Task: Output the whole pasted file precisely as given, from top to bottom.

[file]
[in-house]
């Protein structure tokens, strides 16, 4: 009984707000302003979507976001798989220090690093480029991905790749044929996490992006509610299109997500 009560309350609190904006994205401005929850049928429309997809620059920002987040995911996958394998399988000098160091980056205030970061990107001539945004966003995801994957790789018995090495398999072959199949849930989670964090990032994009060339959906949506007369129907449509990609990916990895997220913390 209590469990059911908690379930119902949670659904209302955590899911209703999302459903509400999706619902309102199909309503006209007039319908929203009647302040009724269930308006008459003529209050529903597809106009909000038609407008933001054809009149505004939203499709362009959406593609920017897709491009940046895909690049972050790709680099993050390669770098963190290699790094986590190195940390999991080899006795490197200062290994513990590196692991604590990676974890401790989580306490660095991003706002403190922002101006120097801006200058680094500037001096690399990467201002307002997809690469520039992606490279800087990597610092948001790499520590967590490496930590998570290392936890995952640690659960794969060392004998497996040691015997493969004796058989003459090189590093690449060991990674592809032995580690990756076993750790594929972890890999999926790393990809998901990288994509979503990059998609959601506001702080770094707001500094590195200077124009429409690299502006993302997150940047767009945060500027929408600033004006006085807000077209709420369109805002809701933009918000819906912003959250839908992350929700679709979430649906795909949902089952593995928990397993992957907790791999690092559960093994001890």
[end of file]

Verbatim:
[in-house]
């Protein structure tokens, strides 16, 4: 009984707000302003979507976001798989220090690093480029991905790749044929996490992006509610299109997500 009560309350609190904006994205401005929850049928429309997809620059920002987040995911996958394998399988000098160091980056205030970061990107001539945004966003995801994957790789018995090495398999072959199949849930989670964090990032994009060339959906949506007369129907449509990609990916990895997220913390 209590469990059911908690379930119902949670659904209302955590899911209703999302459903509400999706619902309102199909309503006209007039319908929203009647302040009724269930308006008459003529209050529903597809106009909000038609407008933001054809009149505004939203499709362009959406593609920017897709491009940046895909690049972050790709680099993050390669770098963190290699790094986590190195940390999991080899006795490197200062290994513990590196692991604590990676974890401790989580306490660095991003706002403190922002101006120097801006200058680094500037001096690399990467201002307002997809690469520039992606490279800087990597610092948001790499520590967590490496930590998570290392936890995952640690659960794969060392004998497996040691015997493969004796058989003459090189590093690449060991990674592809032995580690990756076993750790594929972890890999999926790393990809998901990288994509979503990059998609959601506001702080770094707001500094590195200077124009429409690299502006993302997150940047767009945060500027929408600033004006006085807000077209709420369109805002809701933009918000819906912003959250839908992350929700679709979430649906795909949902089952593995928990397993992957907790791999690092559960093994001890």